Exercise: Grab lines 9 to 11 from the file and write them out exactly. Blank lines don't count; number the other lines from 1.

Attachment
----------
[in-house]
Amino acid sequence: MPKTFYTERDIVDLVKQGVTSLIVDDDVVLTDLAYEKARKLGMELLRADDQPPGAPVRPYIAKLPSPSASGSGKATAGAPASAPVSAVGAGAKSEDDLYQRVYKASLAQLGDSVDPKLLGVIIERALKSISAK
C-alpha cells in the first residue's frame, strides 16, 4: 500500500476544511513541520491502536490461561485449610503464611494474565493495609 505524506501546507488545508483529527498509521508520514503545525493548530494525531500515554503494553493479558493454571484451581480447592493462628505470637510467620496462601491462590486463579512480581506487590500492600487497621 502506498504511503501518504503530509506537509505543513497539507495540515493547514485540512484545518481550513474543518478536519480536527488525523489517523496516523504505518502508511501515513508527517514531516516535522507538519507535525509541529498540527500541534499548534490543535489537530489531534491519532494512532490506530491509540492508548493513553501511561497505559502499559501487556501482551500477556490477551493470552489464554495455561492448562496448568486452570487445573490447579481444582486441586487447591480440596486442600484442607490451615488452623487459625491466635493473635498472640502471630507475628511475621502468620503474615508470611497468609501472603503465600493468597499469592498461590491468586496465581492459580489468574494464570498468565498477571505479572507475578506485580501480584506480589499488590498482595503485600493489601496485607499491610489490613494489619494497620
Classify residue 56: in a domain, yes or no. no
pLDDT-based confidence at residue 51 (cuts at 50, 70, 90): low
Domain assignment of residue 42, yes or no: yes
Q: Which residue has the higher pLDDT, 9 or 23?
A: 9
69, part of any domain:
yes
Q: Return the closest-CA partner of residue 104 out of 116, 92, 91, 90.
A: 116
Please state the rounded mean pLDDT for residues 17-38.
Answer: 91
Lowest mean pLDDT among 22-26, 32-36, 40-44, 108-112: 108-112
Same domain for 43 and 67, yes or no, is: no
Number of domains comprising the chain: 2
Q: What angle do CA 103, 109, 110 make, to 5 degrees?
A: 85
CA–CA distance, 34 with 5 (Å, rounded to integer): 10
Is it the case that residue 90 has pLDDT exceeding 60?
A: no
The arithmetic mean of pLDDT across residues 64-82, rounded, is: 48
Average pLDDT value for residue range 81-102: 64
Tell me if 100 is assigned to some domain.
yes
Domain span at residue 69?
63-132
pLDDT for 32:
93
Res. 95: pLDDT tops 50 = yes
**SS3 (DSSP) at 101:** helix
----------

69, part of any domain:
yes
Q: Return the closest-CA partner of residue 104 out of 116, 92, 91, 90.